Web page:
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Submitted by Chuks Ukachukwu on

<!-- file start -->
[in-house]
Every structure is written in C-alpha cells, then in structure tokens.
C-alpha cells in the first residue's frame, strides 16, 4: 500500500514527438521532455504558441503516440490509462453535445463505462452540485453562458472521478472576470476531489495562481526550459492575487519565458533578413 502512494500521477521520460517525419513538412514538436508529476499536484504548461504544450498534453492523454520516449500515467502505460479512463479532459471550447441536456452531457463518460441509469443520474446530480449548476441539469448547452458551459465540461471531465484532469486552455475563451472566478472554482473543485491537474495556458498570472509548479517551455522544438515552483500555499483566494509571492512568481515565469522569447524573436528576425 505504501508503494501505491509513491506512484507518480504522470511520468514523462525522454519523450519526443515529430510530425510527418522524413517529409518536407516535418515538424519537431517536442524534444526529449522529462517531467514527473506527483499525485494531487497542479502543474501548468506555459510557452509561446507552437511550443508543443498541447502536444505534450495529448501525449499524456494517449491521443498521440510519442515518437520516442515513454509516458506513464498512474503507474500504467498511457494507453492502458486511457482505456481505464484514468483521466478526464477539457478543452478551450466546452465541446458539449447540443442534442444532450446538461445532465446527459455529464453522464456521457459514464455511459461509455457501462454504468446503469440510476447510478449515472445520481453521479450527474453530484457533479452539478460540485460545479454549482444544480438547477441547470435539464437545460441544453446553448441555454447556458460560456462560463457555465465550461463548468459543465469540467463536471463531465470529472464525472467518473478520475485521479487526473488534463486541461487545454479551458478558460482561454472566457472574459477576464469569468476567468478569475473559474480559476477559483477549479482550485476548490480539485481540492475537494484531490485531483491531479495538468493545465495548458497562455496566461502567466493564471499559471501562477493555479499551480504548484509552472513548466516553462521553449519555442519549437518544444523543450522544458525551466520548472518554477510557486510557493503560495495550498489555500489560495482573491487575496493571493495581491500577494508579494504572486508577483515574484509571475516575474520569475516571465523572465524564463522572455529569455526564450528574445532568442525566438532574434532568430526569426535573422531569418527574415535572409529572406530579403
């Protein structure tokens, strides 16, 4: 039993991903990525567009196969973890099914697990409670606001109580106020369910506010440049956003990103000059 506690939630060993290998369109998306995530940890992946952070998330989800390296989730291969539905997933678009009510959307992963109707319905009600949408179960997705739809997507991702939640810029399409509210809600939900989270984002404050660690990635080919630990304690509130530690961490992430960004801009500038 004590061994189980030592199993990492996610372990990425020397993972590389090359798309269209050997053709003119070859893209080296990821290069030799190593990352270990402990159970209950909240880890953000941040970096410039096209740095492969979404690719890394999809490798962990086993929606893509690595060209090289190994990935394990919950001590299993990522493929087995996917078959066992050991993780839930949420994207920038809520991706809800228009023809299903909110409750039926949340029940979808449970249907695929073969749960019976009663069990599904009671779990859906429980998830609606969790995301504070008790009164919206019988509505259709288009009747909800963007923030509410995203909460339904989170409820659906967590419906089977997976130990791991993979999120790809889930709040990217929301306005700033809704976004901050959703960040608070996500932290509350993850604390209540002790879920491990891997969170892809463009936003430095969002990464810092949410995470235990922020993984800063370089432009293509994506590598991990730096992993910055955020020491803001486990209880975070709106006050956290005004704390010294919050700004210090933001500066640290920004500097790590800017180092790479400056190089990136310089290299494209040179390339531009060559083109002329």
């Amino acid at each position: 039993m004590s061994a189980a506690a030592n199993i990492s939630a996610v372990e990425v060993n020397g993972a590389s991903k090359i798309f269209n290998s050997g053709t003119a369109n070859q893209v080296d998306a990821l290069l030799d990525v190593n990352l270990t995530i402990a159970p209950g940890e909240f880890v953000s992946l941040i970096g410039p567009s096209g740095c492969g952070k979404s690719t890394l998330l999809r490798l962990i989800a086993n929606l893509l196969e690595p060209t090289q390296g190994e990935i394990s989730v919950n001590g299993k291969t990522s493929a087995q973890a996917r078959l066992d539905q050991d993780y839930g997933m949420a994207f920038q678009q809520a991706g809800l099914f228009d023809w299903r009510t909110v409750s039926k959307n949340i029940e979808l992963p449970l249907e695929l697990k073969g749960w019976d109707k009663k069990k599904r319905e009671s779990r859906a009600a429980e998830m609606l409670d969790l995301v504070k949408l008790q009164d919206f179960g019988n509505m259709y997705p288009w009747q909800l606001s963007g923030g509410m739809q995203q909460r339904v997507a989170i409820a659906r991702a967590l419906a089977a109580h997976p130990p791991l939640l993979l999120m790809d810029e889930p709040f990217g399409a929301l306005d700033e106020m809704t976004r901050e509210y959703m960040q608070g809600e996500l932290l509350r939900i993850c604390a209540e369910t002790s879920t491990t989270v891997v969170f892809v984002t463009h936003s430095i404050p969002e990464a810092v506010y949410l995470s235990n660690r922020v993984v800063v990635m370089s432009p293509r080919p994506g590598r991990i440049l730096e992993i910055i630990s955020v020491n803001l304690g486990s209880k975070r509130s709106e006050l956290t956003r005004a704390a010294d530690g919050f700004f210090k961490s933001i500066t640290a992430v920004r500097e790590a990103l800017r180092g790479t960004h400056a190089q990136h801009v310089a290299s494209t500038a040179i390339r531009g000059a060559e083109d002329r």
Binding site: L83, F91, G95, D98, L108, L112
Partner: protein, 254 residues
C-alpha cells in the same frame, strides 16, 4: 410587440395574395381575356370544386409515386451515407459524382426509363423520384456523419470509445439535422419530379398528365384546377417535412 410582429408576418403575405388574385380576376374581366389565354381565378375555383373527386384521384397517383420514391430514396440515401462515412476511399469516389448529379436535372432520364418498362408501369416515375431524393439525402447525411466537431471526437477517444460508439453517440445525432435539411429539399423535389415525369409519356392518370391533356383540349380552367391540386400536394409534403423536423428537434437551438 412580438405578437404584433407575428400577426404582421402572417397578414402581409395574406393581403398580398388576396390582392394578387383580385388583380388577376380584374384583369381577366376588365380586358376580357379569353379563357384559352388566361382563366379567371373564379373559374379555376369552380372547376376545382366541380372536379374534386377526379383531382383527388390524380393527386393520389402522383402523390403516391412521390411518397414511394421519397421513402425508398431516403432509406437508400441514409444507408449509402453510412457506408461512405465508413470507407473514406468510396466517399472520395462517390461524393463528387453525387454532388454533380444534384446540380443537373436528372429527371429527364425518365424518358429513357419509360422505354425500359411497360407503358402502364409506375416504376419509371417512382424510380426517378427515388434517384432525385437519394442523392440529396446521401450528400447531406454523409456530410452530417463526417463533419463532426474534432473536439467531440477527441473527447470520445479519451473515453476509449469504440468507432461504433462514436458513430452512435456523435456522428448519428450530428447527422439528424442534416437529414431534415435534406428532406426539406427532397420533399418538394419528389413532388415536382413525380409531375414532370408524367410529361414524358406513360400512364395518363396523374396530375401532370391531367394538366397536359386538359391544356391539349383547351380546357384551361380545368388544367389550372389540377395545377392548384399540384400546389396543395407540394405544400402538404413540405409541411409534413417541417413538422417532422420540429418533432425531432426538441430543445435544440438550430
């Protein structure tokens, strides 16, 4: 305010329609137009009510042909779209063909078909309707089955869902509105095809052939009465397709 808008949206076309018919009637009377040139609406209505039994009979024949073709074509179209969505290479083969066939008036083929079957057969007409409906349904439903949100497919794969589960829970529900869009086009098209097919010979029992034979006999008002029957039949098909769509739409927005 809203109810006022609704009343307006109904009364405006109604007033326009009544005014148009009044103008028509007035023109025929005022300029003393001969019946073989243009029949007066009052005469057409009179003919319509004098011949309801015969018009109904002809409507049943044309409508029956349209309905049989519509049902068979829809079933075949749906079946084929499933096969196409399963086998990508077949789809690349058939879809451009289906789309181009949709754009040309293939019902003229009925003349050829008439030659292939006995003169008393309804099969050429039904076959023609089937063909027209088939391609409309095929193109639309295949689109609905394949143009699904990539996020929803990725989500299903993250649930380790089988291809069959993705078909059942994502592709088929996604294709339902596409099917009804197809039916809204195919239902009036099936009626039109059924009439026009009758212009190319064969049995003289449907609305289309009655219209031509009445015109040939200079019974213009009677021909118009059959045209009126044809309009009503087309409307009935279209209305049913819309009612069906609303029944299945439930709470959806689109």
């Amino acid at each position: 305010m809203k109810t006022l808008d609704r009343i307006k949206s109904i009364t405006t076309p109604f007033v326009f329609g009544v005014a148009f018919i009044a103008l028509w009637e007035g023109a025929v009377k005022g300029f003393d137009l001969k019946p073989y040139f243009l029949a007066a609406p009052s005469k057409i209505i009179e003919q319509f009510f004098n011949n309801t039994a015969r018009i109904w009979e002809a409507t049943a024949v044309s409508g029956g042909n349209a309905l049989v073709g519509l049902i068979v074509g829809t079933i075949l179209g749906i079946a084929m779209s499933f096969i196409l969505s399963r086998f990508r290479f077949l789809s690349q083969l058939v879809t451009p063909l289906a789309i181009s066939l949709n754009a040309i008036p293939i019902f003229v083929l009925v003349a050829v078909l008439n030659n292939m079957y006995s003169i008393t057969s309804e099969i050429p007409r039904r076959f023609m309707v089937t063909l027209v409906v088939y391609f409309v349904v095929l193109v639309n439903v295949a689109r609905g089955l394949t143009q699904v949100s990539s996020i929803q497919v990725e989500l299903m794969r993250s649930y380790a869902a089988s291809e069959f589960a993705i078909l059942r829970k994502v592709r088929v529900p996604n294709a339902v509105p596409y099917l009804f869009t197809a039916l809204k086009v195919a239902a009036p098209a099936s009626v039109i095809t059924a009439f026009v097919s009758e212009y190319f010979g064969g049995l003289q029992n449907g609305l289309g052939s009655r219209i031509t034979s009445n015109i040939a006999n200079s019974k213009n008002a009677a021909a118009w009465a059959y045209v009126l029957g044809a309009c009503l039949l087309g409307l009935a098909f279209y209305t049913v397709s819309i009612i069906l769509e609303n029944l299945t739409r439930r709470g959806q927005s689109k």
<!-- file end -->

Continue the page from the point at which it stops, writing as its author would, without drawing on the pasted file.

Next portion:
Just to add to the issue of possible solutions going forward, I think it is important that for financial stability, we should not be too afraid of increased regulation of compensation packages for those in the financial services industry, from the CEO to others, and activities in the financial services sector. There should also be increased regulation of financial engineering. Since financial system stability is critical to economic stability and growth, after this crisis, I do not think it is prudent to leave financial service workers to do as they please. The mainstream economic view was voiced by Demirguc-Kunt and Serven (2010:118) when they stated that " Despite their inherent fragility, financial systems underpin economic development. The challenge of financial sector policies is to align private incentives with public interest without taxing or subsidizing private risk-taking [actually not taxing or subsidizing private risk-taking seems utopian to me as I wonder how this can ever be done in the real world]. Public ownership or too aggressive regulation would simply hamper financial development and growth. But striking this balance is becoming increasingly complex in an ever more integrated and globalized financial system". The authors argue that striking a balance is difficult, but also have obviously argued against state/public ownership and aggressive regulation (not sure what aggressive regulation means since we may not really know the right balance and may have to keep trying different types of regulation-both direct and indirect). But state/public ownership and regulation are not always undesirable and can be beneficial if done well as the Chinese state seems to be doing now. Part of getting the balance is to keep experimenting. A recent Economist report (http://www.economist.com/node/21542924) on China stated that "The party has cells in most big companies—in the private as well as the state-owned sector—complete with their own offices and files on employees. It controls the appointment of captains of industry and, in the SOEs, even corporate dogsbodies. It holds meetings that shadow formal board meetings and often trump their decisions, particularly on staff appointments. It often gets involved in business planning and works with management to control workers’ pay. The party state exercises power through two institutions: the State-Owned Assets Supervision and Administration Commission (SASAC) and the Communist Party’s Organisation Department. SASAC, which holds shares in the biggest companies, is the world’s largest controlling shareholder and the state-capitalist institution par excellence. It has been spearheading the policy of creating national champions by consolidating and pruning its portfolio: the number of companies under its supervision has declined from 198 in 2003 to 121 today. It has also been implementing the party’s policy of creating a “harmonious society” by regulating pay. In 2009 the average SOE boss earned $88,000 and the highest-paid, the chairman of China Mobile, $182,000. High pay in SOEs has been a big source of disharmony". In essence, the public interest may demand trading off more financial engineering and high economic growth for the financial engineering and economic growth that the public thinks creates a harmonious society and in which other human goods are protected. As long as financial innovation and high economic growth are not the only arguments in the objective function of the public, then a balance is required. We may need to learn from the Chinese State capitalism model on how to find the true balance as requested by Demirguc-Kunt and Serven (2010), while overcoming some of the defects, especially as regards fighting corruption and nepotism. we are watching as things unfold